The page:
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Tuesday, Aug 16, 2022

Nearly half of Hongkongers surveyed suffer ‘moderate to severe’ anxiety

Nearly half of Hongkongers surveyed suffer ‘moderate to severe’ anxiety

‘Emerging adults’, those aged between 18 and 30, were found to be ‘most at risk’ from developing anxiety.

Nearly half of Hong Kong residents surveyed amid the city’s worst wave of Covid-19 infections showed “moderate to severe” signs of anxiety, while the number of people seeking mental health counselling tripled in the first quarter compared with the same period last year.

The results were from a report involving 3,749 participants aged over 18, polled by Baptist Oi Kwan Social Service and Education University (EdU). The survey was aimed at assessing the mental wellness of residents during the pandemic.

The researchers also studied the effectiveness of online counselling support and interactive mental health workshops.

Dr Kevin Chan Ka-sing, head of the department of psychology at EdU, said on Sunday the survey found that those aged between 18 and 30 were “most at risk” from developing anxiety.

Roughly one in every two persons polled was suspected to be suffering from anxiety issues, as 47 per cent of respondents reported “moderate to very severe” symptoms.

Among those in this age group, 36 per cent experienced “moderate to very severe” symptoms of depression, and 38 per cent reported “moderate to very severe” signs of stress.

“This age group called ‘emerging adults’ face a lot of life adjustment issues including academic pressure and employment issues”, Chan said, adding that such residents who were staying at home with their parents might encounter tensions due to lifestyle differences.

The survey used the Depression Anxiety Stress Scale, a psychological assessment tool developed by Australia’s University of New South Wales, to measure participants’ stress, anxiety and depression levels.

Those in the 31 to 40 and 41 to 50 age groups respectively reported 53 per cent and 51 per cent of “moderate to severe” anxiety levels.

Among those aged over 60, some 32 per cent reported “moderate to severe” anxiety levels and 19 per cent a similar degree of depression and 22 per cent of stress.

Psychiatrist Dr Ivan Mak Wing-chit said sleeplessness was the most common symptom of anxiety, stress and depression, according to his clinical observations.

“A lot of those who sought help for anxiety, stress, depression psychosomatic disorder or obsessive-compulsive disorder during the pandemic reported sleeplessness,” he noted. “Patients mainly suffer from insomnia, ruminations, sensitivity to noise, or difficulties in dealing with interpersonal conflicts.”

Mak also said patients developed fears of getting infected with the coronavirus, being ordered to undergo compulsory testing or being sent to isolation centres.

The number of people in Hong Kong seeking mental health counselling has soared.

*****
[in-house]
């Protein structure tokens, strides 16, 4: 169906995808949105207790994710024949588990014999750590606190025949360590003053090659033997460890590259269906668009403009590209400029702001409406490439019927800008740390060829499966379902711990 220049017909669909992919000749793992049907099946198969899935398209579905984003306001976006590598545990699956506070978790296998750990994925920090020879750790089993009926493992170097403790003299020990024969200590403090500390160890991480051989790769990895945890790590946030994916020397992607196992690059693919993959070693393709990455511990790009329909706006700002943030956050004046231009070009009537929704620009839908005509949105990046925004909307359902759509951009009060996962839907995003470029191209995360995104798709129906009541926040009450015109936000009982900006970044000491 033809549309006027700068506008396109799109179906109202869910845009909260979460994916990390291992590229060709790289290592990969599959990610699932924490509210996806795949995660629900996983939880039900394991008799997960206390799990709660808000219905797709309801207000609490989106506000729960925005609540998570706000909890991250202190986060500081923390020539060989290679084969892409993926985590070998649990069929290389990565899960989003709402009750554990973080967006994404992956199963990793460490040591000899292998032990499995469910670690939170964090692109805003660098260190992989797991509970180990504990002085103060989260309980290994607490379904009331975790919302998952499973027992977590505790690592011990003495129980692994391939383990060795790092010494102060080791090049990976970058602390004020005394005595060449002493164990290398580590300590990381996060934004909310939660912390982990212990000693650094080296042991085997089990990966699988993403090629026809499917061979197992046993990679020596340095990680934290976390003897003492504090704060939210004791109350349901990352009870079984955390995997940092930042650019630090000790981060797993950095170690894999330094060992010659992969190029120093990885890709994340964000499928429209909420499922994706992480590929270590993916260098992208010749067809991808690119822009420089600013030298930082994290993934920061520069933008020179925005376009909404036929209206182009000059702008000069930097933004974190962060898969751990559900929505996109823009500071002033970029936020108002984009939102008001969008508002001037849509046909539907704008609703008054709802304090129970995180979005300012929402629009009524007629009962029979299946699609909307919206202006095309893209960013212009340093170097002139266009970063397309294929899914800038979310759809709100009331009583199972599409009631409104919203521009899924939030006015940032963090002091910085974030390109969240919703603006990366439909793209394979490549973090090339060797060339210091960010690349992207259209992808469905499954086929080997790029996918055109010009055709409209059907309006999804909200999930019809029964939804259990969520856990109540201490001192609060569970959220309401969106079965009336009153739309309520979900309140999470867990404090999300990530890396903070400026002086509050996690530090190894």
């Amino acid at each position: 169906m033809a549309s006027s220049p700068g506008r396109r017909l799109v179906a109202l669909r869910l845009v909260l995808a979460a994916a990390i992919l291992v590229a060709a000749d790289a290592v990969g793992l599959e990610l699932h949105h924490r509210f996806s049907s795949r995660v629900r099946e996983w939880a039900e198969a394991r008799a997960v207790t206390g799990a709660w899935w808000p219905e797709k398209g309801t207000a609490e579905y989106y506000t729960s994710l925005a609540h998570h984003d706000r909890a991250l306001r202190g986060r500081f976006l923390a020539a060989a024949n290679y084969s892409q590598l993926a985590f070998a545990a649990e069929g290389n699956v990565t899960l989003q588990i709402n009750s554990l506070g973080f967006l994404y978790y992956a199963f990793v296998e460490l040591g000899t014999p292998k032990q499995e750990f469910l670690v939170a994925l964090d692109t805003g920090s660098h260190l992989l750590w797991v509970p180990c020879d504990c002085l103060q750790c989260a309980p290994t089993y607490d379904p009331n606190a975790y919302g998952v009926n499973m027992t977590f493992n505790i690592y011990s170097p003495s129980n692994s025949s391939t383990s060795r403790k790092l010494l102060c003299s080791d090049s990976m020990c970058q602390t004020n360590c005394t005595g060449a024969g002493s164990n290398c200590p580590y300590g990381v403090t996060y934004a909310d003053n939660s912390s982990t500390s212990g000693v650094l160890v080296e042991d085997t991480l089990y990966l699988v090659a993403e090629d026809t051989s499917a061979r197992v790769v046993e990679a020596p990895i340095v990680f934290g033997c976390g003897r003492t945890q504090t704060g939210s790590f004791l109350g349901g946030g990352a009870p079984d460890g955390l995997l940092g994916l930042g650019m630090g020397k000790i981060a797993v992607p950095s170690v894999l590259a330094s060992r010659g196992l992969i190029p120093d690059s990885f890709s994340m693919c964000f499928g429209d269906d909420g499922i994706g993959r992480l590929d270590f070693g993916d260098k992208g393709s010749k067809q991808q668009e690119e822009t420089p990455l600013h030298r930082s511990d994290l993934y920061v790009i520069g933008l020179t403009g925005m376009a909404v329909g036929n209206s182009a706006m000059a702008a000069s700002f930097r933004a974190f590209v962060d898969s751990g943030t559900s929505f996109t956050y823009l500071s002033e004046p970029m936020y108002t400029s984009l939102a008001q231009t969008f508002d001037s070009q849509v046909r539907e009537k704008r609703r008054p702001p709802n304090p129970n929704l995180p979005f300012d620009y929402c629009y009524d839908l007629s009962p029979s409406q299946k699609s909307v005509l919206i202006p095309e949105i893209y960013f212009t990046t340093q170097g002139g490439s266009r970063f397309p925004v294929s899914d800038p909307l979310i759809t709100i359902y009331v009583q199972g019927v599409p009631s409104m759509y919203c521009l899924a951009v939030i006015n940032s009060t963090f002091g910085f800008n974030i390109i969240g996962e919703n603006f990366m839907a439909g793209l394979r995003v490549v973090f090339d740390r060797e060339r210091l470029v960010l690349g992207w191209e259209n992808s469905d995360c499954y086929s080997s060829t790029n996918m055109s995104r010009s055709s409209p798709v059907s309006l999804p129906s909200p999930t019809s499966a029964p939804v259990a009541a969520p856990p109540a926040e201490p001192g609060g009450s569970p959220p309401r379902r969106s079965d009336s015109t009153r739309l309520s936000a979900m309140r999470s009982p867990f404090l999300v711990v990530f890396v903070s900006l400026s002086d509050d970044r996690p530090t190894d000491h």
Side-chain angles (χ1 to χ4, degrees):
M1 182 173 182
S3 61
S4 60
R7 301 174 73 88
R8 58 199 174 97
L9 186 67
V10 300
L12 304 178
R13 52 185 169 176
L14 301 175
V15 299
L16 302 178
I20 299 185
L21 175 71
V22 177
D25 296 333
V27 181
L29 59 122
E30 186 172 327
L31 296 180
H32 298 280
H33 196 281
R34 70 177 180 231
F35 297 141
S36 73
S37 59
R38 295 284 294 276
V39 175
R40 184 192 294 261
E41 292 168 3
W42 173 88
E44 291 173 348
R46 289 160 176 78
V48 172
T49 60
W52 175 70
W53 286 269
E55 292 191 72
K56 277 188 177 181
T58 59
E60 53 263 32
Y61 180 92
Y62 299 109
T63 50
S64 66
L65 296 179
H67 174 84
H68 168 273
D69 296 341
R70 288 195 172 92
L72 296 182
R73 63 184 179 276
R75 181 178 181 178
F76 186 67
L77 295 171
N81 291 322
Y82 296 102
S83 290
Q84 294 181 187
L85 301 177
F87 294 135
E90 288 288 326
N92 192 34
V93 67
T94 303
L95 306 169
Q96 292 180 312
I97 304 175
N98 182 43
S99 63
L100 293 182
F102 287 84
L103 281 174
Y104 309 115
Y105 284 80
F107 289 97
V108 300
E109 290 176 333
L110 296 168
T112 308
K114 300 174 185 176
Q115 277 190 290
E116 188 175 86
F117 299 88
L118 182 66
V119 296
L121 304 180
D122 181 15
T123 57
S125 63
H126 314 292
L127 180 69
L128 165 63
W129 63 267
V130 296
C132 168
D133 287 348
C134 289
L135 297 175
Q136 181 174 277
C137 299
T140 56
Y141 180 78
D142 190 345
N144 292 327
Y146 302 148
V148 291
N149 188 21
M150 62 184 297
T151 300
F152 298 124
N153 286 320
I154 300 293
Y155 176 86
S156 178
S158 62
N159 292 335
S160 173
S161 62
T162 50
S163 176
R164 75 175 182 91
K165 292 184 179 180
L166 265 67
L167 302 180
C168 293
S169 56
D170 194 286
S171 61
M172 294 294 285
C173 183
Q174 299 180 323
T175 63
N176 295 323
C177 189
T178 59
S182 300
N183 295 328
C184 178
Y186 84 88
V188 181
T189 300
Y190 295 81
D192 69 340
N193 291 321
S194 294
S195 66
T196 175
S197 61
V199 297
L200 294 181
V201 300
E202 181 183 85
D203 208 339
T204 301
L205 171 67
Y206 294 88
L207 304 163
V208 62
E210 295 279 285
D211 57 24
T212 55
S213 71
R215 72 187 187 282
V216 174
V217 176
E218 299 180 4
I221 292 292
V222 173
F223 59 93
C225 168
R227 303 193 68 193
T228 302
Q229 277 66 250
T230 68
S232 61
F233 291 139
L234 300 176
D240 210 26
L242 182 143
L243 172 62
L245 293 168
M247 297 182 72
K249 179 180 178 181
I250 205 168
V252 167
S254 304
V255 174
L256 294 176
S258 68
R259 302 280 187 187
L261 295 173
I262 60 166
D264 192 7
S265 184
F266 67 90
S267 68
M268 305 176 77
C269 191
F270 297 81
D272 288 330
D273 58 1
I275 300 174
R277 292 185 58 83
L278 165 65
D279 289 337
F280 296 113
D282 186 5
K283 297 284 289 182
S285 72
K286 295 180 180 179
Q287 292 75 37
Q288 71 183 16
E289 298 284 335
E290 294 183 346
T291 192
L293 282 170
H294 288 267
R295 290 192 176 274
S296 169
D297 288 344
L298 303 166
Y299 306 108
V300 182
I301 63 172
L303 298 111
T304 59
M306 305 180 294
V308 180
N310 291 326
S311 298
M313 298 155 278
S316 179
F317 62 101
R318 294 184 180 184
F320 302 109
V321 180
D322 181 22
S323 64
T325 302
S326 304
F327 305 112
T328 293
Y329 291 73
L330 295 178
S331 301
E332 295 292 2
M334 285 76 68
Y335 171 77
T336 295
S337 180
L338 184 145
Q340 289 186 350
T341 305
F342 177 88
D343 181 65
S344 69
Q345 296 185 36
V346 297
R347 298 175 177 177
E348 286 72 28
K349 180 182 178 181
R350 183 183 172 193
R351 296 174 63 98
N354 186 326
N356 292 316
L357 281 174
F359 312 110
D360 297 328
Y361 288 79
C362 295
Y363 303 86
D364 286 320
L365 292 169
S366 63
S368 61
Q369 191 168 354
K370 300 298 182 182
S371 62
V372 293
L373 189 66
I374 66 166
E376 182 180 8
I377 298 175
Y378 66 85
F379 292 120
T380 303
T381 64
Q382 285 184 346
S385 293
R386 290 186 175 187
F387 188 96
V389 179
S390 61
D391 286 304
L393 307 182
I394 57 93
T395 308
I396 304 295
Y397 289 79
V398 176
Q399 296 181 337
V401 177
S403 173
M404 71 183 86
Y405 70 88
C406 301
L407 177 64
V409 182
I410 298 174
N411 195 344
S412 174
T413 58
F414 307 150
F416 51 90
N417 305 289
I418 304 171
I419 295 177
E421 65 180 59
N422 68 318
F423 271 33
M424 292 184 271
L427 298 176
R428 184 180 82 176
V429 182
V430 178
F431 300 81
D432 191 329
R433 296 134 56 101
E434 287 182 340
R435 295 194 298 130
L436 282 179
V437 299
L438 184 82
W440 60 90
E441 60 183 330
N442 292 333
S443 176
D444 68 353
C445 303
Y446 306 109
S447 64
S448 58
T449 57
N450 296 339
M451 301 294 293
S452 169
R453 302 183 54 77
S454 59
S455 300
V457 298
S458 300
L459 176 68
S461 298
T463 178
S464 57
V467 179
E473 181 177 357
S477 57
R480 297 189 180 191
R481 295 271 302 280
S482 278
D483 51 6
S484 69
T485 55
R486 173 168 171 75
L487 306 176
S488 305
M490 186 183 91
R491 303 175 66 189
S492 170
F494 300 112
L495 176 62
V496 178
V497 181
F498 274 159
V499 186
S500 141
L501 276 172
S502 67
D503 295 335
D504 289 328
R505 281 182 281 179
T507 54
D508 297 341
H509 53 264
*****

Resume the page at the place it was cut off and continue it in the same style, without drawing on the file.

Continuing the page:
Researchers also saw a massive need in counselling support when the fifth wave of the pandemic broke out.

The number of people who sought counselling services online surged 200 per cent from 122 in the last three months of 2021 to 366 cases in the first three months of this year when the city imposed some of the toughest social-distancing rules.

Nearly 90 per cent received initial consultation or referrals to other community services, while over 10 per cent of those seeking help were given short-term online counselling. At the same time, participants of online mental health workshops more than tripled from 554 to 2,170 over the same period.

As coronavirus cases and deaths piled up during the fifth wave, authorities imposed some of the strictest social-distancing rules, closing down gyms and entertainment venues, as well as limiting dining out and gatherings.

Scarlet Poon Fung-oi, service coordinator at Baptist Oi Kwan Social Service, said the top reasons cited for negative emotions among those who sought counselling were high daily stressors, deteriorating relationships with those they lived with and fear of contracting the virus.

“With social-distancing rules and the closure of schools, many families had to work and study together in the same house for long periods of time, and sometimes arguments arise or emotions get bottled up,” Poon said.

She also emphasised that middle aged and elderly persons living in subdivided housing found it difficult to cope with coronavirus testing and isolation rules due to a lack of access to information, which also added to their stress and anxiety.

Online counselling has been effective to address some of the cases’ emotional needs, according to anonymous feedback by those who received counselling.

Among them was a 60-year-old night shift taxi driver whose earnings took a hard hit during the pandemic. The longer restrictions lasted, the more negative emotions emerged and he eventually sought mental health help online.

“I can turn on my computer and use the counselling service at home as soon as I wake up without needing to make a trip to the service centre. I can communicate well with the counsellor online, which helps me to let go of the unhappiness slowly and learn to regulate my emotions,” he said.


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